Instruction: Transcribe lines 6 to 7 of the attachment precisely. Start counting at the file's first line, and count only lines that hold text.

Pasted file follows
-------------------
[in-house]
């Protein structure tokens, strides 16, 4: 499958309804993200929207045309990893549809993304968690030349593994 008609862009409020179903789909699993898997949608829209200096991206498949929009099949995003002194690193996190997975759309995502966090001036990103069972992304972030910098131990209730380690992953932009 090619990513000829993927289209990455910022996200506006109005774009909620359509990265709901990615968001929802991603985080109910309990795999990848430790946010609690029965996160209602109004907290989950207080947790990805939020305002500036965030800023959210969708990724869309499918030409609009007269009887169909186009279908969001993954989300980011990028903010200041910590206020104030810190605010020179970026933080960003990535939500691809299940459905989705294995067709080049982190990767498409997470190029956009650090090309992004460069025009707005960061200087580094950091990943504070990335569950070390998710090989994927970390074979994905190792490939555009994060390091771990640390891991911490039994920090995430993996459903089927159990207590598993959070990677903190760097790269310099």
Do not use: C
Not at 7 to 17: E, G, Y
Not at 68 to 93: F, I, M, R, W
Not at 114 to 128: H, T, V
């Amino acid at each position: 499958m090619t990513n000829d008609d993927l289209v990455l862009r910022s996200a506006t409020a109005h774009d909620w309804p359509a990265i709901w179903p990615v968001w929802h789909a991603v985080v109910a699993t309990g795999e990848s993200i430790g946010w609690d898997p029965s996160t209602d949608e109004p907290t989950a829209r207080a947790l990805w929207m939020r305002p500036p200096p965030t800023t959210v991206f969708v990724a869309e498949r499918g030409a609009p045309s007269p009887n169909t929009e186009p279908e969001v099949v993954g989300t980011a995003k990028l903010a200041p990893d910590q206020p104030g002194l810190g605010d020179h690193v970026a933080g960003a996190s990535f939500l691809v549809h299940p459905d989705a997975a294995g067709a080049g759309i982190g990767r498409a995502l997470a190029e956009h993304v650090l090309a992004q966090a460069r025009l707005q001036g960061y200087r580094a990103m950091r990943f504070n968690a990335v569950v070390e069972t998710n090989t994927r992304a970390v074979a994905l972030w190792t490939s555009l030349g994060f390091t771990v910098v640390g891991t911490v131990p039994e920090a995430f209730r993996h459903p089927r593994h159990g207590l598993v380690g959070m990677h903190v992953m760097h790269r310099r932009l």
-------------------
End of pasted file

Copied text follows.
Not at 114 to 128: H, T, V
């Amino acid at each position: 499958m090619t990513n000829d008609d993927l289209v990455l862009r910022s996200a506006t409020a109005h774009d909620w309804p359509a990265i709901w179903p990615v968001w929802h789909a991603v985080v109910a699993t309990g795999e990848s993200i430790g946010w609690d898997p029965s996160t209602d949608e109004p907290t989950a829209r207080a947790l990805w929207m939020r305002p500036p200096p965030t800023t959210v991206f969708v990724a869309e498949r499918g030409a609009p045309s007269p009887n169909t929009e186009p279908e969001v099949v993954g989300t980011a995003k990028l903010a200041p990893d910590q206020p104030g002194l810190g605010d020179h690193v970026a933080g960003a996190s990535f939500l691809v549809h299940p459905d989705a997975a294995g067709a080049g759309i982190g990767r498409a995502l997470a190029e956009h993304v650090l090309a992004q966090a460069r025009l707005q001036g960061y200087r580094a990103m950091r990943f504070n968690a990335v569950v070390e069972t998710n090989t994927r992304a970390v074979a994905l972030w190792t490939s555009l030349g994060f390091t771990v910098v640390g891991t911490v131990p039994e920090a995430f209730r993996h459903p089927r593994h159990g207590l598993v380690g959070m990677h903190v992953m760097h790269r310099r932009l």